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Digital Design - Module 01 Semester 1, 2019 Isabelle Sijan

(996133) Studio Tutor: Alison Fairley | Studio Number: 20

Week One

Reading: Zeara Polo, A. 2010. Between Ideas and Matters.

According to Zeara-Polo, the diagram does not play a representational role in the design process but provides an organisational and can have a performative quality depending on how it is deployed. Explain how Diagram is different from Signs and Symbols?

Signs and symbols are a representation of an object, used with the aim of emulating the properties and functions of the object. This is distinct from the role of the diagram, which is often more abstract in its construction and visual impact. A diagram conveys the mood and experience intended within an environment. Hence, the main point of difference between signs and symbols, and a diagram is the idea of representation as opposed to sensation.


Week One

Precedent Analysis

Left to right: Aerial photo of Barkow Leibinger, Serpentine Summer House, 2016 ; East elevation view of complete model ; Plan view of complete model ; West elevation view of model without outermost roof layer.

The outermost layer of the pavilion weaves around the lower layers to create a very dynamic and organic facade. As a result, I modelled the pavilion by starting at the lower levels and working upwards, before completing the final roof layer. This allowed for the more immediate structural and spatial elements of the pavilion to be complete before the more complex layer was added.


Week Two

Reading: Hertzberger H. 2005. The in-between and The Habitable Space Between Things, from Lessons for Students in Architecture.

Herzberger discusses how design should not be extreme in its functionality. Use your precedent study to explain how the pavilion allows for an appropriation of use.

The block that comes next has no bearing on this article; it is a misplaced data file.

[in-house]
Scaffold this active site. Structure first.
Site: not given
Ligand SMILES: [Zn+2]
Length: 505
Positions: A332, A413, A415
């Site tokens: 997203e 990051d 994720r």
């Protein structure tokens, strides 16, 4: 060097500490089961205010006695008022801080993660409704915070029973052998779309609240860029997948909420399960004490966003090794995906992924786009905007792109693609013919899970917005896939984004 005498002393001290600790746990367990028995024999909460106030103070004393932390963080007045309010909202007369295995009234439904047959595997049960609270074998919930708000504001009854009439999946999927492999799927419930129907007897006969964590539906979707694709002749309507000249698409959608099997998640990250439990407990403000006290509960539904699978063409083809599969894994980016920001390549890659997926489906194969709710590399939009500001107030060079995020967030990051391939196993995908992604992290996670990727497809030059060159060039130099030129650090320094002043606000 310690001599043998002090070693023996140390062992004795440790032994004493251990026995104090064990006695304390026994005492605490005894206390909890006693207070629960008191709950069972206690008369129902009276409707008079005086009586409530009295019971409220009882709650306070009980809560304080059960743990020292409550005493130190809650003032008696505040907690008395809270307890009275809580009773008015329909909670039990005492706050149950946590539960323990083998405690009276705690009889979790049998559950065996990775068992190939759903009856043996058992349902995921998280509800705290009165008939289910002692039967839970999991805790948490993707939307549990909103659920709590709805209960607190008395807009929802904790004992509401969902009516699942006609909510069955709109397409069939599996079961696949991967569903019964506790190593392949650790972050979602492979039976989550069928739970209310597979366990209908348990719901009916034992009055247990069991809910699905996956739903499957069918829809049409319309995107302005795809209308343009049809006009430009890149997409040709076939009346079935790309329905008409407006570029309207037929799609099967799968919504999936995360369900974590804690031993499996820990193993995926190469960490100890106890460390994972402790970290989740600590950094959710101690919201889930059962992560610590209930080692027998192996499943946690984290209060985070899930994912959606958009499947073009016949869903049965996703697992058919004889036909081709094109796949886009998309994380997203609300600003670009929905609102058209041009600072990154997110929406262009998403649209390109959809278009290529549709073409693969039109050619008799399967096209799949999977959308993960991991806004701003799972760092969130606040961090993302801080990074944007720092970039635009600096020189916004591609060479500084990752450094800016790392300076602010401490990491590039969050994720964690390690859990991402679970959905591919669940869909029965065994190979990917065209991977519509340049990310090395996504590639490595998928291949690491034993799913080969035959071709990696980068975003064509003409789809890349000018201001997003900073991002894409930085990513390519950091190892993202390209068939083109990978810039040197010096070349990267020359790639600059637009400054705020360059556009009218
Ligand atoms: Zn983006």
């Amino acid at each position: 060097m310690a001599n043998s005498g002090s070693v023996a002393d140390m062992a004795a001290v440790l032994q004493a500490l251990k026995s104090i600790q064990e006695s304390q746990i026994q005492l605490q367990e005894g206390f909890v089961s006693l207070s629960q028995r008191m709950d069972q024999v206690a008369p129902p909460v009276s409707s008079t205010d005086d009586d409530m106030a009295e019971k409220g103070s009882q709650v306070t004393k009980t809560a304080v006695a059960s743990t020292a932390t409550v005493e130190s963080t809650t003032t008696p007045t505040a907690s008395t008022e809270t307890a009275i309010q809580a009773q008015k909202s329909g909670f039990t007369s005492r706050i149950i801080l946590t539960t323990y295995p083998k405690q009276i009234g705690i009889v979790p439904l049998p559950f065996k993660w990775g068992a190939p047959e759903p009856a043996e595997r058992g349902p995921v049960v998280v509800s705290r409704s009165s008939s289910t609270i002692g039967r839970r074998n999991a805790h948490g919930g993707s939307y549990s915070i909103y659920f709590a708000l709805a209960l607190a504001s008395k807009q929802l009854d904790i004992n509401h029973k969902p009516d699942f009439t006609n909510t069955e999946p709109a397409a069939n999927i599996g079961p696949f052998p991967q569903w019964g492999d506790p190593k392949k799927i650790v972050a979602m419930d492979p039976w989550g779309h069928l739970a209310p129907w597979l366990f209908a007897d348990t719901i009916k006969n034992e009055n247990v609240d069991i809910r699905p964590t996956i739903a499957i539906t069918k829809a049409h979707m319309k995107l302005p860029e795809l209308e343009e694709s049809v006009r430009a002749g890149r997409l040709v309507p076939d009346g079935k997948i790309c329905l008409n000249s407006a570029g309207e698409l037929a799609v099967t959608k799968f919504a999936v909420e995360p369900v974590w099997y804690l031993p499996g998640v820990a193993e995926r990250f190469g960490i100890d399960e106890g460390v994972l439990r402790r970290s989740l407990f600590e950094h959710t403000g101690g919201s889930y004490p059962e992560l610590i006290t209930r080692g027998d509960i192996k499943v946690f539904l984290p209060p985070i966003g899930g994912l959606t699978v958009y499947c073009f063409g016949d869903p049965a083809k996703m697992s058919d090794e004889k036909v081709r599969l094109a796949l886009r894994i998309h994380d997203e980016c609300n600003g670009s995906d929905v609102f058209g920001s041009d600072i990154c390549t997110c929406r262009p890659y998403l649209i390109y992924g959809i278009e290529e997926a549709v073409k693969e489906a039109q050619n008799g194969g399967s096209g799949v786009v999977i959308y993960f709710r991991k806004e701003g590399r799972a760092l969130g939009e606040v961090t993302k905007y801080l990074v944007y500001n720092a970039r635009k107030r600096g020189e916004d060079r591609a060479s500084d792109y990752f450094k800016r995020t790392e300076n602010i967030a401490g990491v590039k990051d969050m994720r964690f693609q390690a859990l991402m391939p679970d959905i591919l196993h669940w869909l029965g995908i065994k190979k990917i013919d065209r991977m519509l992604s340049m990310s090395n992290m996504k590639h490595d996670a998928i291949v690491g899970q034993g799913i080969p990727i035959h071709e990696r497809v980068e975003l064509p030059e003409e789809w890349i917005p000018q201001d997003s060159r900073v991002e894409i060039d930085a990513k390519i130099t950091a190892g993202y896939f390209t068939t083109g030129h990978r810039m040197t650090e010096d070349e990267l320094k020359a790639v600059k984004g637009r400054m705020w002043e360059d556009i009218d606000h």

The pavilion is a highly versatile structure as, by definition, it is an open and inviting space. This allows for an appropriation of the use of a pavilion, as people are invited to temporarily inhabit the space as they wish. This is particularly noticeable in Barkow Leibinger’s Serpentine Summer House, as there are no exterior walls nor a definitive roof and hence patrons are simultaneously within the pavilion and the environment. Hence the abstract and inclusive nature of the pavilion invites patrons to interact with the pavilion as they see fit.


Week Two


South-west view of the modeled Serpentine Summer House The Serpentine Summer House pavilion was modelled using Rhinoceros 3D software, with surfaces extruded from developed curves. The pavilion is designed with an emphasis on a central structure. As a result, the surfaces are highly interactive with one another in this small space. The circulation and threshold of this pavilion are hence not clearly defined, but instead people are invited to determine their own unique experience of the pavilion based on their choice of circulation and view.


Week Two Diagrams



The threshold of the pavilion is defined as the shadows created by the structure throughout the day. This is because there is no clear exterior boundary of the pavilion, nor a clear shelter created as there are no horizontal surfaces used to develop the roof.

The expected circulation of this pavilion is shown through linework that maps the movement of people around the space. Despite the openness of the pavilion, leading people to circulate it in a number of ways, entry into the space is more clearly defined by natural features as a forest space and river enclose the pavilion within the park, leaving patrons to enter from opposite sides.




The first stage of modelling involved

Creating the central wall structures

drawing the curves and extruding the surfaces of the seating area.

followed the development of seating. This was achieved with reference to the plan and elevation drawings of the pavilion.

Developing the final layer of roofing was the most difficult aspect of the model as the surfaces are not simply an extrusion of a horizontal curve.

This view of the top layer of the model highlights how the surface twists around its central axis and other surfaces of the pavilion.


The first layer of roofing was modelled with reference to the plan drawing, as well as all the elevation views that show all aspects of the pavilion.

Profile for isijan

ARCH20004 Module 1 Journal  

ARCH20004 Module 1 Journal  

Profile for isijan